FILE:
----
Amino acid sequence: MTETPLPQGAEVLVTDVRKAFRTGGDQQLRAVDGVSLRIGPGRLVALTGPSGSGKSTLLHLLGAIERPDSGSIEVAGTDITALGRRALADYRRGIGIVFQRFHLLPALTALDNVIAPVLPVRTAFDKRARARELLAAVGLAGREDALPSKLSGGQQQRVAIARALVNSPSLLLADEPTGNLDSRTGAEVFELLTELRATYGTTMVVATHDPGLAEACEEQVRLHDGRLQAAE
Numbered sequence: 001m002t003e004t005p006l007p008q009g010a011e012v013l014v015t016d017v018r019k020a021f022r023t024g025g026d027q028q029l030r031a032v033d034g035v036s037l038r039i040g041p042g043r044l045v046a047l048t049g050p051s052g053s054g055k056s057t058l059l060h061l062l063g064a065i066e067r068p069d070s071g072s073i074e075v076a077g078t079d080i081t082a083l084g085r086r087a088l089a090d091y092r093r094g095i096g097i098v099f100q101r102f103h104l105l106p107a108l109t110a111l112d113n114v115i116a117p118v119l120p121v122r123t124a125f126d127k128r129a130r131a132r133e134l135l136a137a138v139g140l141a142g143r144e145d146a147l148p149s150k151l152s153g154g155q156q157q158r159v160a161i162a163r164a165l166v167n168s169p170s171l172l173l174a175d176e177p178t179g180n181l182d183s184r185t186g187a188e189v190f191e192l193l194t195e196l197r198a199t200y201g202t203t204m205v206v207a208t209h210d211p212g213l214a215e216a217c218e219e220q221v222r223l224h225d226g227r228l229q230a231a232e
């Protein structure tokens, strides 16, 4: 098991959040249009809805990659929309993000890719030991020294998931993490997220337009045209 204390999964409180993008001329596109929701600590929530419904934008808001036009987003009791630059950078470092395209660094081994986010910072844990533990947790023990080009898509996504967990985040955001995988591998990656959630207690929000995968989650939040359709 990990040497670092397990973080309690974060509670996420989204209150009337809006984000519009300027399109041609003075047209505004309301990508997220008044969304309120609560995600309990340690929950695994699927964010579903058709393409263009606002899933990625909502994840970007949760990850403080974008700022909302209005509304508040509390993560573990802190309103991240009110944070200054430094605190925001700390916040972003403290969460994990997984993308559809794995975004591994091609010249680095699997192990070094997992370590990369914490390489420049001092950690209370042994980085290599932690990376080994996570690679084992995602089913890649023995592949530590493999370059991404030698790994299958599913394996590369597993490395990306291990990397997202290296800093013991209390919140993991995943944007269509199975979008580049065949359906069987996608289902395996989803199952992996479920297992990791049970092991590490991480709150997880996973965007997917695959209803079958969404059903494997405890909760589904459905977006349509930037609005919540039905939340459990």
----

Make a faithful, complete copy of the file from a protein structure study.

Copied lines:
Amino acid sequence: MTETPLPQGAEVLVTDVRKAFRTGGDQQLRAVDGVSLRIGPGRLVALTGPSGSGKSTLLHLLGAIERPDSGSIEVAGTDITALGRRALADYRRGIGIVFQRFHLLPALTALDNVIAPVLPVRTAFDKRARARELLAAVGLAGREDALPSKLSGGQQQRVAIARALVNSPSLLLADEPTGNLDSRTGAEVFELLTELRATYGTTMVVATHDPGLAEACEEQVRLHDGRLQAAE
Numbered sequence: 001m002t003e004t005p006l007p008q009g010a011e012v013l014v015t016d017v018r019k020a021f022r023t024g025g026d027q028q029l030r031a032v033d034g035v036s037l038r039i040g041p042g043r044l045v046a047l048t049g050p051s052g053s054g055k056s057t058l059l060h061l062l063g064a065i066e067r068p069d070s071g072s073i074e075v076a077g078t079d080i081t082a083l084g085r086r087a088l089a090d091y092r093r094g095i096g097i098v099f100q101r102f103h104l105l106p107a108l109t110a111l112d113n114v115i116a117p118v119l120p121v122r123t124a125f126d127k128r129a130r131a132r133e134l135l136a137a138v139g140l141a142g143r144e145d146a147l148p149s150k151l152s153g154g155q156q157q158r159v160a161i162a163r164a165l166v167n168s169p170s171l172l173l174a175d176e177p178t179g180n181l182d183s184r185t186g187a188e189v190f191e192l193l194t195e196l197r198a199t200y201g202t203t204m205v206v207a208t209h210d211p212g213l214a215e216a217c218e219e220q221v222r223l224h225d226g227r228l229q230a231a232e
């Protein structure tokens, strides 16, 4: 098991959040249009809805990659929309993000890719030991020294998931993490997220337009045209 204390999964409180993008001329596109929701600590929530419904934008808001036009987003009791630059950078470092395209660094081994986010910072844990533990947790023990080009898509996504967990985040955001995988591998990656959630207690929000995968989650939040359709 990990040497670092397990973080309690974060509670996420989204209150009337809006984000519009300027399109041609003075047209505004309301990508997220008044969304309120609560995600309990340690929950695994699927964010579903058709393409263009606002899933990625909502994840970007949760990850403080974008700022909302209005509304508040509390993560573990802190309103991240009110944070200054430094605190925001700390916040972003403290969460994990997984993308559809794995975004591994091609010249680095699997192990070094997992370590990369914490390489420049001092950690209370042994980085290599932690990376080994996570690679084992995602089913890649023995592949530590493999370059991404030698790994299958599913394996590369597993490395990306291990990397997202290296800093013991209390919140993991995943944007269509199975979008580049065949359906069987996608289902395996989803199952992996479920297992990791049970092991590490991480709150997880996973965007997917695959209803079958969404059903494997405890909760589904459905977006349509930037609005919540039905939340459990």